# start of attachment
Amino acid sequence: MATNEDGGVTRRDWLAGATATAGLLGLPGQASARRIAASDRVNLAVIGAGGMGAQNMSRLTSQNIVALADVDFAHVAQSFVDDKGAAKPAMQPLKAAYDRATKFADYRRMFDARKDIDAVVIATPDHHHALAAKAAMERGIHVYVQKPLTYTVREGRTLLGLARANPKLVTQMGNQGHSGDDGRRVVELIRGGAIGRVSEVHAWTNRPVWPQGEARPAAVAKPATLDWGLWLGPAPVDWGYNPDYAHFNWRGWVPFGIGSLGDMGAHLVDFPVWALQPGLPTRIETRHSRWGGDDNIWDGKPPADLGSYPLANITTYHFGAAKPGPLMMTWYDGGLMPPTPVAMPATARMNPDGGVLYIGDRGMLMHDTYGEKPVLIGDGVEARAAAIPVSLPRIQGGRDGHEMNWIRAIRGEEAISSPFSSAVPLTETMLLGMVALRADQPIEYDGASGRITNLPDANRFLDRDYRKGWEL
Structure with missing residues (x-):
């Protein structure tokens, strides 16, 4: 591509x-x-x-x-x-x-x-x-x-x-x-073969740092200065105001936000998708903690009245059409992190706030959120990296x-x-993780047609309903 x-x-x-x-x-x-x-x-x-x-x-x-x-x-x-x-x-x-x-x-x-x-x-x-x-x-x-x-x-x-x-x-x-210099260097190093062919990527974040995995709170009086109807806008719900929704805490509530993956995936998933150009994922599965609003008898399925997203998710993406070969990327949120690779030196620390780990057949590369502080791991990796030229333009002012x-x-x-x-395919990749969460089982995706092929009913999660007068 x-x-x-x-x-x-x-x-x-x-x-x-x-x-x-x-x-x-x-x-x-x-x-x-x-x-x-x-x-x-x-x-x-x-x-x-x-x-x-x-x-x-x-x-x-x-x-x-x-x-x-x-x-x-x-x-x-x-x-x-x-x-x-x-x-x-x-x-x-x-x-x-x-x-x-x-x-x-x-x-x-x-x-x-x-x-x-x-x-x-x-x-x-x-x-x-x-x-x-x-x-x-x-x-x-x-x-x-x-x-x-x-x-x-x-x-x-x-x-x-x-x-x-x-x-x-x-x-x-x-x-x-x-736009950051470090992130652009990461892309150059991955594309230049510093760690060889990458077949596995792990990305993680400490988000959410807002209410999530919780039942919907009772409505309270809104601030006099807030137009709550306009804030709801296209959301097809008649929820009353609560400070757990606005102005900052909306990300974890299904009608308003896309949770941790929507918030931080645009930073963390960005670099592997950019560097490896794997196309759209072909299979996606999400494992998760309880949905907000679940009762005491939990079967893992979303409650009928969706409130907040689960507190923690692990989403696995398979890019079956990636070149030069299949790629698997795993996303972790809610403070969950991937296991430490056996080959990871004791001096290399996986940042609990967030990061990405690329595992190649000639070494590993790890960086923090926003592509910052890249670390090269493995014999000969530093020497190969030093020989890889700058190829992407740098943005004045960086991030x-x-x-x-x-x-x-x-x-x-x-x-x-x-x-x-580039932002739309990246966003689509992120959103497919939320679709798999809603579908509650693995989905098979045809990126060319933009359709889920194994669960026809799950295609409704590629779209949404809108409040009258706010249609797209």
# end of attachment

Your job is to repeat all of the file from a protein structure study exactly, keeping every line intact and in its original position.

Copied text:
Amino acid sequence: MATNEDGGVTRRDWLAGATATAGLLGLPGQASARRIAASDRVNLAVIGAGGMGAQNMSRLTSQNIVALADVDFAHVAQSFVDDKGAAKPAMQPLKAAYDRATKFADYRRMFDARKDIDAVVIATPDHHHALAAKAAMERGIHVYVQKPLTYTVREGRTLLGLARANPKLVTQMGNQGHSGDDGRRVVELIRGGAIGRVSEVHAWTNRPVWPQGEARPAAVAKPATLDWGLWLGPAPVDWGYNPDYAHFNWRGWVPFGIGSLGDMGAHLVDFPVWALQPGLPTRIETRHSRWGGDDNIWDGKPPADLGSYPLANITTYHFGAAKPGPLMMTWYDGGLMPPTPVAMPATARMNPDGGVLYIGDRGMLMHDTYGEKPVLIGDGVEARAAAIPVSLPRIQGGRDGHEMNWIRAIRGEEAISSPFSSAVPLTETMLLGMVALRADQPIEYDGASGRITNLPDANRFLDRDYRKGWEL
Structure with missing residues (x-):
């Protein structure tokens, strides 16, 4: 591509x-x-x-x-x-x-x-x-x-x-x-073969740092200065105001936000998708903690009245059409992190706030959120990296x-x-993780047609309903 x-x-x-x-x-x-x-x-x-x-x-x-x-x-x-x-x-x-x-x-x-x-x-x-x-x-x-x-x-x-x-x-x-210099260097190093062919990527974040995995709170009086109807806008719900929704805490509530993956995936998933150009994922599965609003008898399925997203998710993406070969990327949120690779030196620390780990057949590369502080791991990796030229333009002012x-x-x-x-395919990749969460089982995706092929009913999660007068 x-x-x-x-x-x-x-x-x-x-x-x-x-x-x-x-x-x-x-x-x-x-x-x-x-x-x-x-x-x-x-x-x-x-x-x-x-x-x-x-x-x-x-x-x-x-x-x-x-x-x-x-x-x-x-x-x-x-x-x-x-x-x-x-x-x-x-x-x-x-x-x-x-x-x-x-x-x-x-x-x-x-x-x-x-x-x-x-x-x-x-x-x-x-x-x-x-x-x-x-x-x-x-x-x-x-x-x-x-x-x-x-x-x-x-x-x-x-x-x-x-x-x-x-x-x-x-x-x-x-x-x-x-736009950051470090992130652009990461892309150059991955594309230049510093760690060889990458077949596995792990990305993680400490988000959410807002209410999530919780039942919907009772409505309270809104601030006099807030137009709550306009804030709801296209959301097809008649929820009353609560400070757990606005102005900052909306990300974890299904009608308003896309949770941790929507918030931080645009930073963390960005670099592997950019560097490896794997196309759209072909299979996606999400494992998760309880949905907000679940009762005491939990079967893992979303409650009928969706409130907040689960507190923690692990989403696995398979890019079956990636070149030069299949790629698997795993996303972790809610403070969950991937296991430490056996080959990871004791001096290399996986940042609990967030990061990405690329595992190649000639070494590993790890960086923090926003592509910052890249670390090269493995014999000969530093020497190969030093020989890889700058190829992407740098943005004045960086991030x-x-x-x-x-x-x-x-x-x-x-x-x-x-x-x-580039932002739309990246966003689509992120959103497919939320679709798999809603579908509650693995989905098979045809990126060319933009359709889920194994669960026809799950295609409704590629779209949404809108409040009258706010249609797209």